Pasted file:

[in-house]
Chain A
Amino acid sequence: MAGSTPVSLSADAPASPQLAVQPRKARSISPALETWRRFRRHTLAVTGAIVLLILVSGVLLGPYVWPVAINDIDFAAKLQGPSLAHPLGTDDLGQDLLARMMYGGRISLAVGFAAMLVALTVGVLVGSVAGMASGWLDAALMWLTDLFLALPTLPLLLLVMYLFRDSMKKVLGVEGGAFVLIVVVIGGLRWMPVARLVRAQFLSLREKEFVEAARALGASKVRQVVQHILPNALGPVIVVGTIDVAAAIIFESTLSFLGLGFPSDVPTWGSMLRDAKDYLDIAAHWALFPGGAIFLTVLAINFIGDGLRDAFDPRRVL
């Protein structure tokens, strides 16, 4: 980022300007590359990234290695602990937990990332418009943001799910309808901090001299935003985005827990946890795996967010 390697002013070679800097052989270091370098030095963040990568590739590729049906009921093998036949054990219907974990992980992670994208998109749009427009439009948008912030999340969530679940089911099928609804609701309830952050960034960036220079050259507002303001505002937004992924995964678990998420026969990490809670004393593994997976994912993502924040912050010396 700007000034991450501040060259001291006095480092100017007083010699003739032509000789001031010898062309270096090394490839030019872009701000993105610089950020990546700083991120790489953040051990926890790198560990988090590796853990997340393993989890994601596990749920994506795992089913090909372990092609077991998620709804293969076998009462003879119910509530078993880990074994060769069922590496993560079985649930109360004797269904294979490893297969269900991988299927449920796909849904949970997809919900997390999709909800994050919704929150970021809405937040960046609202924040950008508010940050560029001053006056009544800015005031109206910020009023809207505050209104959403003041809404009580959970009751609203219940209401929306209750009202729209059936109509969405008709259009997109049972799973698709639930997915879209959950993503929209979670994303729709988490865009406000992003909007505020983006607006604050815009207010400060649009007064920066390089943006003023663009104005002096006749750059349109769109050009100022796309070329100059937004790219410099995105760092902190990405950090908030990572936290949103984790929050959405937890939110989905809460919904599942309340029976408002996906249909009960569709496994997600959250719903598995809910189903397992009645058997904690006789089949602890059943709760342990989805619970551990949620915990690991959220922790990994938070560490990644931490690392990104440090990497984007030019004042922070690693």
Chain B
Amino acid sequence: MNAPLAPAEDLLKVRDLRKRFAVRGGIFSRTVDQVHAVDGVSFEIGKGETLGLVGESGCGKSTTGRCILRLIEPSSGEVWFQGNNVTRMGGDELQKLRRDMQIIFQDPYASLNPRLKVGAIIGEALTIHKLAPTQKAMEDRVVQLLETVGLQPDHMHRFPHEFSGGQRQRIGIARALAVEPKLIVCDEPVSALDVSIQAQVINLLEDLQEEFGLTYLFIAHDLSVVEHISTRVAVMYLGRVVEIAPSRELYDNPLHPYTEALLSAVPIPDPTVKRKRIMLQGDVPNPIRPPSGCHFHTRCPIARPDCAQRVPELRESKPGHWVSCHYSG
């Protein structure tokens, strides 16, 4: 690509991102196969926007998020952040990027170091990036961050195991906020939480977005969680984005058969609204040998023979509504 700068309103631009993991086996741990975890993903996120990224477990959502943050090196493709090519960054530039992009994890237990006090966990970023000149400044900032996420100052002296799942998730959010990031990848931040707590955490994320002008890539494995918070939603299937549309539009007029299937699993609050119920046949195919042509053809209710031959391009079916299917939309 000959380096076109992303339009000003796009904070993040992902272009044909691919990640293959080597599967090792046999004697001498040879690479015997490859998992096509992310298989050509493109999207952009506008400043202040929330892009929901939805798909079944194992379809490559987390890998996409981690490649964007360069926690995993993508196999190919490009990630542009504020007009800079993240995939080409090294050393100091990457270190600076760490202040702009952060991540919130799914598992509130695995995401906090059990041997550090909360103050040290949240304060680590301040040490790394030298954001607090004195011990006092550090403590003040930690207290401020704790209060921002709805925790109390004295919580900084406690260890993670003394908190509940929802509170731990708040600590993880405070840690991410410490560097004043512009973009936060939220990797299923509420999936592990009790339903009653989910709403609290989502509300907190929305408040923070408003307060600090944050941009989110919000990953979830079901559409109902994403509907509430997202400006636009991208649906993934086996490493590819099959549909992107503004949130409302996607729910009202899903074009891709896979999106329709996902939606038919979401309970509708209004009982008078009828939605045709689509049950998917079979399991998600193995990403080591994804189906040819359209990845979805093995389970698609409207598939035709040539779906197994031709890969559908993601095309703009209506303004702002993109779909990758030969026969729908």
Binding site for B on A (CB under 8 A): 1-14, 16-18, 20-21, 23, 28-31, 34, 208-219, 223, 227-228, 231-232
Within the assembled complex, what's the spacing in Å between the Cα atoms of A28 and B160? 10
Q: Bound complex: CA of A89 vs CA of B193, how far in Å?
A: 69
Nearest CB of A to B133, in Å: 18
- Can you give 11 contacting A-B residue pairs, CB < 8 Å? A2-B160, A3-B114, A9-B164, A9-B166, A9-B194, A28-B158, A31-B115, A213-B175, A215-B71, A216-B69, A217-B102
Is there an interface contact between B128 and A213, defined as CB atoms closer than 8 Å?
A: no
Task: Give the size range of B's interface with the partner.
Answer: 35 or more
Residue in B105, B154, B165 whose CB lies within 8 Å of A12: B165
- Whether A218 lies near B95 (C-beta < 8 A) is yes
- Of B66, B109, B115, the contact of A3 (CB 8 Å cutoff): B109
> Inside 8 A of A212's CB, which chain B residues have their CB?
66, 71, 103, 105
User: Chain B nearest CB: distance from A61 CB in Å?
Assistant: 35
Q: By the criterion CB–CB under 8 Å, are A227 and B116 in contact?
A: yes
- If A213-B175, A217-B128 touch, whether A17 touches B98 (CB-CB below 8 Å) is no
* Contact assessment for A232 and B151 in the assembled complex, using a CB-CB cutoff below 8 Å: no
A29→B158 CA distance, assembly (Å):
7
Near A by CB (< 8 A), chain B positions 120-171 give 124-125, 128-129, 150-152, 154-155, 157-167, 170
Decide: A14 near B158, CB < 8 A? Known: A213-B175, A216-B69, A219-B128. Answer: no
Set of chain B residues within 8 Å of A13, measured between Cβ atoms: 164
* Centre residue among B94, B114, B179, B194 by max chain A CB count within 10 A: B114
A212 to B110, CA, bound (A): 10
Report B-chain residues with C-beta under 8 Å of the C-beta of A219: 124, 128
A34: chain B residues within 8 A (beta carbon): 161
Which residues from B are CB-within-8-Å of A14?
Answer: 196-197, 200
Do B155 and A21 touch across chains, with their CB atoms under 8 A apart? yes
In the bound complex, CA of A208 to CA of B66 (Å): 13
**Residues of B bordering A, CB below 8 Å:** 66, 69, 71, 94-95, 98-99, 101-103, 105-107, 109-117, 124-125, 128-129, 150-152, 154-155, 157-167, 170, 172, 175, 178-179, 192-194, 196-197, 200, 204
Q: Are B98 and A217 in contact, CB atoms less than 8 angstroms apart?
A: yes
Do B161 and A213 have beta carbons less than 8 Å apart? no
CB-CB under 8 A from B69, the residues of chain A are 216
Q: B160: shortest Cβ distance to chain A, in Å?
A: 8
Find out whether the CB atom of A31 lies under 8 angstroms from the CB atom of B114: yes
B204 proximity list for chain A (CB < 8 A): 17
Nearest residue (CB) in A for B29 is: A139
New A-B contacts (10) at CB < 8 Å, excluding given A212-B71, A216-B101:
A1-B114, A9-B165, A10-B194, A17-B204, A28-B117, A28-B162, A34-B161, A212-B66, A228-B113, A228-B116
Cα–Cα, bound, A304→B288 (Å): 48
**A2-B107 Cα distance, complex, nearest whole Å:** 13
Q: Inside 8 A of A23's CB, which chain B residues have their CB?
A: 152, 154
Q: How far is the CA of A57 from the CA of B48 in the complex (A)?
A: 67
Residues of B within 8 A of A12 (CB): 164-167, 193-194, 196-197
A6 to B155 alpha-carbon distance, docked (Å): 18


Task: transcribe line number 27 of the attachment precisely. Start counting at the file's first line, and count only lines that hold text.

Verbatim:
- If A213-B175, A217-B128 touch, whether A17 touches B98 (CB-CB below 8 Å) is no